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Lektor: A Standard for Feed Readers

At A Glance

A given user has their own lektor-dir. A lektor-dir contains both "feeds" and "entries". Two kinds of programs operate on lektor-dirs in two different capcities: a fetcher produces entries for one or more feeds, and a viewer manages entries once produced and shows them to some user. A given lektor-dir can have multiple fetchers and multiple viewers operating on it.

The rationale for these decisions is this:

  • Separating fetchers from viewers means that a user can easily mix-and-match different front-ends and back-ends.
  • Allowing multiple fetchers allows different entry sources to be handled independently, ideally allowing those programs to be simpler.
  • Allowing multiple viewers means that a user can track multiple feeds but view the information from those feeds in ways which are more or less appropriate.
  • Keeping this information split apart in the file system, rather than in a database or text file, both improves the ability to operate concurrently on different parts of a lektor-dir and lifts the burden of parsing information from the implementer. The file system is generally used here as a kind of hierarchical key-value store.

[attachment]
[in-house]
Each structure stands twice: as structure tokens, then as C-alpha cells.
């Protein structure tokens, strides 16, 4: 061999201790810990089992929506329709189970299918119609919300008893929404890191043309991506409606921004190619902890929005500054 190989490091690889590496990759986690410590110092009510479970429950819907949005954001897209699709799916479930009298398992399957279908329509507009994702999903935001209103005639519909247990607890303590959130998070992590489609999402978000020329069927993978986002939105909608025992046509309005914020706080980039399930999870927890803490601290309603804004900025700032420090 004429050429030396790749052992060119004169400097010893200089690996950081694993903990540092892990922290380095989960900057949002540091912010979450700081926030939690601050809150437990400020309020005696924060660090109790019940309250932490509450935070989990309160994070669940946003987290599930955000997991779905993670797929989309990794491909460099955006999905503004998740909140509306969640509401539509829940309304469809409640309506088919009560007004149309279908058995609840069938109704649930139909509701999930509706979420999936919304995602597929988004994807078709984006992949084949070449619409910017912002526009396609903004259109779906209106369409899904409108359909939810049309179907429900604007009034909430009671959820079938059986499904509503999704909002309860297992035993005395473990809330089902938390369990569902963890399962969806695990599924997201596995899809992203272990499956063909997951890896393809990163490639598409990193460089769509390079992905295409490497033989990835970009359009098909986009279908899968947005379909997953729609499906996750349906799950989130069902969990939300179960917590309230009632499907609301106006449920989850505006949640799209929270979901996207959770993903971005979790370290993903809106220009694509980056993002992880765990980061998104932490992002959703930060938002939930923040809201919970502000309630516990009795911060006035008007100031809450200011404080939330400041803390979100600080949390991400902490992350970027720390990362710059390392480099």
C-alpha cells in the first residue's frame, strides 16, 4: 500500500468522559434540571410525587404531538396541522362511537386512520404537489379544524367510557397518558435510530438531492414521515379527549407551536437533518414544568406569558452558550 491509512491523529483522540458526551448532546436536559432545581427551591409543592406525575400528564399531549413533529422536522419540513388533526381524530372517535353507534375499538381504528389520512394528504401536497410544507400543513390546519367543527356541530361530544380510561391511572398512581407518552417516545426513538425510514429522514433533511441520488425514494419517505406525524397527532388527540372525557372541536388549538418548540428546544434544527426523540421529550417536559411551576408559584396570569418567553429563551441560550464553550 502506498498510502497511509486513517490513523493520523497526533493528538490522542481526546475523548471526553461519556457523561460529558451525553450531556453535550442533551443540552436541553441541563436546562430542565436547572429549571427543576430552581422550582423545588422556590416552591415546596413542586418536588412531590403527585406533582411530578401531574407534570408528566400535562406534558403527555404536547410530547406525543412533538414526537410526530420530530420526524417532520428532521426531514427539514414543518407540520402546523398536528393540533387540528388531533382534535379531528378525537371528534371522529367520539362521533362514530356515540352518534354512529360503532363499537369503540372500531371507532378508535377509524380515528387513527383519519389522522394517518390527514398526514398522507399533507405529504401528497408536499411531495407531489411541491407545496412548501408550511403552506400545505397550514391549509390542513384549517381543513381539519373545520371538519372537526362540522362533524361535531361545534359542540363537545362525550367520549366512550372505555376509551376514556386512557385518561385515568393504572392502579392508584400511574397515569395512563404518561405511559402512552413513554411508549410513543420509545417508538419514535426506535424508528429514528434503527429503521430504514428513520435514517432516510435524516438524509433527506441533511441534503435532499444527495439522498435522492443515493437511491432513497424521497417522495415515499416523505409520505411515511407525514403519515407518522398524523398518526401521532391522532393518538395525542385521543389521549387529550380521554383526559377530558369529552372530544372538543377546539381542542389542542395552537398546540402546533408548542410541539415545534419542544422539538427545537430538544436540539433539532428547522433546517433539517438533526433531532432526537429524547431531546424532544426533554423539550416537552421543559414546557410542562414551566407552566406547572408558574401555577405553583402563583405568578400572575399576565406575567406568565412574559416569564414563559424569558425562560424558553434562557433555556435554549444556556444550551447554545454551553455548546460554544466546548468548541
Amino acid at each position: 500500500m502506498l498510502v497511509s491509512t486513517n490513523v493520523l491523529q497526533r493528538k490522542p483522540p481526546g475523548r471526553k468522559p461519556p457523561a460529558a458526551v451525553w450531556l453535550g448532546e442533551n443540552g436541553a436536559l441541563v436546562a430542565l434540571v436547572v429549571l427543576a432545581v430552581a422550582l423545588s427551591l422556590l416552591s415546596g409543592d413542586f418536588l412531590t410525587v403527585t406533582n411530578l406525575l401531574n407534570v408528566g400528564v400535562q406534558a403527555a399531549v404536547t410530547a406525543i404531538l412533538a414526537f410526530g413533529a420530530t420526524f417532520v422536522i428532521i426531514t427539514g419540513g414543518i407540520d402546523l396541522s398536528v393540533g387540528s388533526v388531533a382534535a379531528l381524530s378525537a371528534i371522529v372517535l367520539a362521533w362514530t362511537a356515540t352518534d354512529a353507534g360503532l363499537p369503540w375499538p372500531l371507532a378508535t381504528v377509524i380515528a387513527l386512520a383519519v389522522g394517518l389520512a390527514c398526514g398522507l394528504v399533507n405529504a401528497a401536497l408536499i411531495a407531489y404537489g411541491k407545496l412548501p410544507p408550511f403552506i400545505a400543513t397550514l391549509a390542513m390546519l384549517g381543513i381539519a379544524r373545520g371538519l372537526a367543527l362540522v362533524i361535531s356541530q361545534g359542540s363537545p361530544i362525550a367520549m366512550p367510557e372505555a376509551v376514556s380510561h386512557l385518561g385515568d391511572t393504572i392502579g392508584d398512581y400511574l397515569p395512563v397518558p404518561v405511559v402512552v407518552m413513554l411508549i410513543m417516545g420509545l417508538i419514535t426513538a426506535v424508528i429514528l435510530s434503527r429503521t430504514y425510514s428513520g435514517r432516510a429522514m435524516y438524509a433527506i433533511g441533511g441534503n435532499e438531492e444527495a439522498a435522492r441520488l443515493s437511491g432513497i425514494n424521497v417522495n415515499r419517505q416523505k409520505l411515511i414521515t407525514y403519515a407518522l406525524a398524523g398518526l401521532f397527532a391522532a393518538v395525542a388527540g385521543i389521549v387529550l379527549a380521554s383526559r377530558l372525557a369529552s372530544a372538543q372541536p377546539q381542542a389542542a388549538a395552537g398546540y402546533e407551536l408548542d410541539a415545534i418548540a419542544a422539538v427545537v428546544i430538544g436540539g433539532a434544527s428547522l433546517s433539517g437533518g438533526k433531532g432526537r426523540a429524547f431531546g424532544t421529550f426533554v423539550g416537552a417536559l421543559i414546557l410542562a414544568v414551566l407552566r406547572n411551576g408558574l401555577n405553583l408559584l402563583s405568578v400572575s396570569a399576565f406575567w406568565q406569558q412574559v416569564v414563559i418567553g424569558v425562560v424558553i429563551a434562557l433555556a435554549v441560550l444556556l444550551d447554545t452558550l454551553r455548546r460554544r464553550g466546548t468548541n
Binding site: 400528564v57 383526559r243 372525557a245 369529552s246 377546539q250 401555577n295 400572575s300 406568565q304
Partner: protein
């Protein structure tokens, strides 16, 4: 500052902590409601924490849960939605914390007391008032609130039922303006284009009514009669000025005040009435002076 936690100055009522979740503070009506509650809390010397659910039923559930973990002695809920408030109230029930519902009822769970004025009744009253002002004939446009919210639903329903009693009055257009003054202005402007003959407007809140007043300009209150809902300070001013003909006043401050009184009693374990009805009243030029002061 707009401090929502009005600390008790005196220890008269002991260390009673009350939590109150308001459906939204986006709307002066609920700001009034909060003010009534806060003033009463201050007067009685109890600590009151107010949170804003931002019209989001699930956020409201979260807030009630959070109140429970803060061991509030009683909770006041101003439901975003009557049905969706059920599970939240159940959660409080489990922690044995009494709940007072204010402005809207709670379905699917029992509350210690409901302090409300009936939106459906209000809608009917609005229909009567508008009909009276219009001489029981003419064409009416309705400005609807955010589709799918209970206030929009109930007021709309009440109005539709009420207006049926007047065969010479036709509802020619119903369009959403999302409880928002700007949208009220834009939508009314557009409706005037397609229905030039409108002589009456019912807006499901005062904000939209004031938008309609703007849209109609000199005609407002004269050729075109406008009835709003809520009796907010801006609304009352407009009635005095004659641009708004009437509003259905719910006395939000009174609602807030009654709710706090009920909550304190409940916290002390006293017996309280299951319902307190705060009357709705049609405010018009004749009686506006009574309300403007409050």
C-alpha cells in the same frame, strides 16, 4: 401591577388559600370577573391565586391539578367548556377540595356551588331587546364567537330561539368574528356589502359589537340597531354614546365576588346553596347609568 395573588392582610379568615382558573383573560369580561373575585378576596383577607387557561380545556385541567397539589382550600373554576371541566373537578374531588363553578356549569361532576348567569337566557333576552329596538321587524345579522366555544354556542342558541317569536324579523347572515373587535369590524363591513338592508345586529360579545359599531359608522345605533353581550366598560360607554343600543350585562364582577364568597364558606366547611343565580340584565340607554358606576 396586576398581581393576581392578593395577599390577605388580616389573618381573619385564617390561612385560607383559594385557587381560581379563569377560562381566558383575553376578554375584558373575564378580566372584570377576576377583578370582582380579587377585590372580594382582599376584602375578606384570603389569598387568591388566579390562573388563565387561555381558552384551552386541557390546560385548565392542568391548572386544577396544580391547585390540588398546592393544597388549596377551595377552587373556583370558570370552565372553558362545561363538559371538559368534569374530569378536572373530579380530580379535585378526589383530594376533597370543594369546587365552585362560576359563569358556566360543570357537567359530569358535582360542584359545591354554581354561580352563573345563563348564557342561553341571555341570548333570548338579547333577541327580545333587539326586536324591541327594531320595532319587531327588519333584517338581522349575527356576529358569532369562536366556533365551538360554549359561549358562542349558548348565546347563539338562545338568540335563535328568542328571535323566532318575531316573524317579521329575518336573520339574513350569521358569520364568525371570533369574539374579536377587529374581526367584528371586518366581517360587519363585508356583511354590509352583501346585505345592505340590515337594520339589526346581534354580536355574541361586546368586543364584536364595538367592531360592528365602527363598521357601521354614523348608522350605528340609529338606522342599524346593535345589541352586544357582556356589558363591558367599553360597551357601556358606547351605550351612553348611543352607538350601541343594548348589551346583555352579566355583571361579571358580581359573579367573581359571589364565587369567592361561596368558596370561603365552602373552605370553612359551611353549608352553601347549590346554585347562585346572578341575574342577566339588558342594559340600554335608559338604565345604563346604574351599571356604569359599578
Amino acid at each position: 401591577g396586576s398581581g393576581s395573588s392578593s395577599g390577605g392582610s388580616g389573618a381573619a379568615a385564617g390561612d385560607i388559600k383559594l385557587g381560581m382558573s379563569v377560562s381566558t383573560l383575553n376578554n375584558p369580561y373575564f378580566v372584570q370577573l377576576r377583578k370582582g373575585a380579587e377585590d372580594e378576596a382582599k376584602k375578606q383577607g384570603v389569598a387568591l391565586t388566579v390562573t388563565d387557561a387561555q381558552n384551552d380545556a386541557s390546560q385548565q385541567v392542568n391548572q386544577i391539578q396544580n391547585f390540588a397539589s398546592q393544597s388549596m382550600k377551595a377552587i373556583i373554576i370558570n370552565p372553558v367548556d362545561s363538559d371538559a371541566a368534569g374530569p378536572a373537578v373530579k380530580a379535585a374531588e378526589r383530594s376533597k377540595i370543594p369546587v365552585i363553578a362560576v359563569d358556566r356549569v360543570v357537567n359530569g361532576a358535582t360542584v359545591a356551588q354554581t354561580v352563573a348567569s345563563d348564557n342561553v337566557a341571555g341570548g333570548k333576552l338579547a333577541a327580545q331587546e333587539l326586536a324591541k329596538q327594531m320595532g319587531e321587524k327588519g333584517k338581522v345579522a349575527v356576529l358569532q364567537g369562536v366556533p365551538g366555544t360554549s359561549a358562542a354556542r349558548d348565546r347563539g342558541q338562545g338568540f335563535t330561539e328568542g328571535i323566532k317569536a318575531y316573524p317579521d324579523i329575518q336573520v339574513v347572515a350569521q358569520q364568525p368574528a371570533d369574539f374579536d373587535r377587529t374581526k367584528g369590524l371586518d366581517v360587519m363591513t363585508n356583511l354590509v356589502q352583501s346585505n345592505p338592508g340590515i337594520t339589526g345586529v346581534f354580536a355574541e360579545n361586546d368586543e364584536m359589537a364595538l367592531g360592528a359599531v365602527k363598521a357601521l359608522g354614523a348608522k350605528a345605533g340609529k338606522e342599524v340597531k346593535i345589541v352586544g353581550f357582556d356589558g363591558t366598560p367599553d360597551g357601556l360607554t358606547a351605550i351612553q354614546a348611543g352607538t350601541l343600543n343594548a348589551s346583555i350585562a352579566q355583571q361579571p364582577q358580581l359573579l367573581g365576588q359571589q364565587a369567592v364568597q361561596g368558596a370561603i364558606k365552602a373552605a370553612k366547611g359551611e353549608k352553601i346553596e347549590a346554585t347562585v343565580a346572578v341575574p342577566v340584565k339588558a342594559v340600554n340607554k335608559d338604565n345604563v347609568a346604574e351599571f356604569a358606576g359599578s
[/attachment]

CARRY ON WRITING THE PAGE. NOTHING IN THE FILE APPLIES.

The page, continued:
• The overall design is lifted straight from the maildir format, which is a time-tested and well-understood format for email. This modifies it slightly and adds a richer structure for RSS-like applications.


A given feed consists of at least a human-readable name and a URI id which unambiguously identifies the feed. Information about feeds is stored in the src directory inside a lektor-dir. Information about a given feed is stored inside src/$hash, where $hash is the SHA-1 hash of of the feed's id.

Obligatory elements for a feed include:

  • id: The URI which identifies the feed. In the case of RSS/Atom/ActivityStream feeds, this will generally be the URL at which the feed is hosted. For other things—for example, for services which may not have a web equivalent—it might instead be a tag URI or some other opaque identifier.
  • name: The human-readable name of the feed. This is produced by the fetcher and should not be changed by a viewer, even if a user wants to alias the name to something else.

Optional elements for a feed include:

  • description: A human-readable description describing the feed.
  • language: The language the feed is written in.
  • image: An image that can be optionally displayed with the channel.
  • copyright: The copyright notice for the feed.
  • author: Authorship information for the feed.

Feed example

A minimal feed might look like

# $HASH is sha1sum('')
cd $HASH

echo ''  >id
echo 'Example Feed'                >name

A feed with more entries might look like

# $HASH is sha1sum('')
cd $HASH

echo ''         >id
echo 'Example Feed'                       >name
echo 'An example feed.'                   >description